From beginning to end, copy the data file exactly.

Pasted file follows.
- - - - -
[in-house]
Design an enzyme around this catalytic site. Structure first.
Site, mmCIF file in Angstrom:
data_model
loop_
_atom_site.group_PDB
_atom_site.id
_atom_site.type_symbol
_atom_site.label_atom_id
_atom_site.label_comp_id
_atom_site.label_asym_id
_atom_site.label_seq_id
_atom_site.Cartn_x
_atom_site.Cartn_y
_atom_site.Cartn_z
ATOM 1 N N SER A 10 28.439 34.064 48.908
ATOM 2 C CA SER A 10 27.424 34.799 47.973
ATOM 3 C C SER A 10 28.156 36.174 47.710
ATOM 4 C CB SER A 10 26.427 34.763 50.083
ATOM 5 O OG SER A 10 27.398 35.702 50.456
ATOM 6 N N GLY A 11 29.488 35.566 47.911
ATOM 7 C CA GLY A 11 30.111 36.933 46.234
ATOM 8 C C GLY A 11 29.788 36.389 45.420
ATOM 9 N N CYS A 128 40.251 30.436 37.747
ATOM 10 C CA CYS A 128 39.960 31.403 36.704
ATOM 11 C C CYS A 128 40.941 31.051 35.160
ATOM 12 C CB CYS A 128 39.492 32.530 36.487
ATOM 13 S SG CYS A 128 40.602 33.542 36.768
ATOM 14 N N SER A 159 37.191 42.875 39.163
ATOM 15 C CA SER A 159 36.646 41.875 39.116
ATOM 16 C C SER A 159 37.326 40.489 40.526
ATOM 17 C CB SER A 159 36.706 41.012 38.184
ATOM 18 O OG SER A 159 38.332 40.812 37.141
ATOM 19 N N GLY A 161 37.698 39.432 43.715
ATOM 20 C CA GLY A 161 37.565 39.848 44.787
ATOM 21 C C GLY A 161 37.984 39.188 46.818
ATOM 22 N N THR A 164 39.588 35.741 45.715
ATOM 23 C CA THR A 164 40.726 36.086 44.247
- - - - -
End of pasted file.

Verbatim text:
[in-house]
Design an enzyme around this catalytic site. Structure first.
Site, mmCIF file in Angstrom:
data_model
loop_
_atom_site.group_PDB
_atom_site.id
_atom_site.type_symbol
_atom_site.label_atom_id
_atom_site.label_comp_id
_atom_site.label_asym_id
_atom_site.label_seq_id
_atom_site.Cartn_x
_atom_site.Cartn_y
_atom_site.Cartn_z
ATOM 1 N N SER A 10 28.439 34.064 48.908
ATOM 2 C CA SER A 10 27.424 34.799 47.973
ATOM 3 C C SER A 10 28.156 36.174 47.710
ATOM 4 C CB SER A 10 26.427 34.763 50.083
ATOM 5 O OG SER A 10 27.398 35.702 50.456
ATOM 6 N N GLY A 11 29.488 35.566 47.911
ATOM 7 C CA GLY A 11 30.111 36.933 46.234
ATOM 8 C C GLY A 11 29.788 36.389 45.420
ATOM 9 N N CYS A 128 40.251 30.436 37.747
ATOM 10 C CA CYS A 128 39.960 31.403 36.704
ATOM 11 C C CYS A 128 40.941 31.051 35.160
ATOM 12 C CB CYS A 128 39.492 32.530 36.487
ATOM 13 S SG CYS A 128 40.602 33.542 36.768
ATOM 14 N N SER A 159 37.191 42.875 39.163
ATOM 15 C CA SER A 159 36.646 41.875 39.116
ATOM 16 C C SER A 159 37.326 40.489 40.526
ATOM 17 C CB SER A 159 36.706 41.012 38.184
ATOM 18 O OG SER A 159 38.332 40.812 37.141
ATOM 19 N N GLY A 161 37.698 39.432 43.715
ATOM 20 C CA GLY A 161 37.565 39.848 44.787
ATOM 21 C C GLY A 161 37.984 39.188 46.818
ATOM 22 N N THR A 164 39.588 35.741 45.715
ATOM 23 C CA THR A 164 40.726 36.086 44.247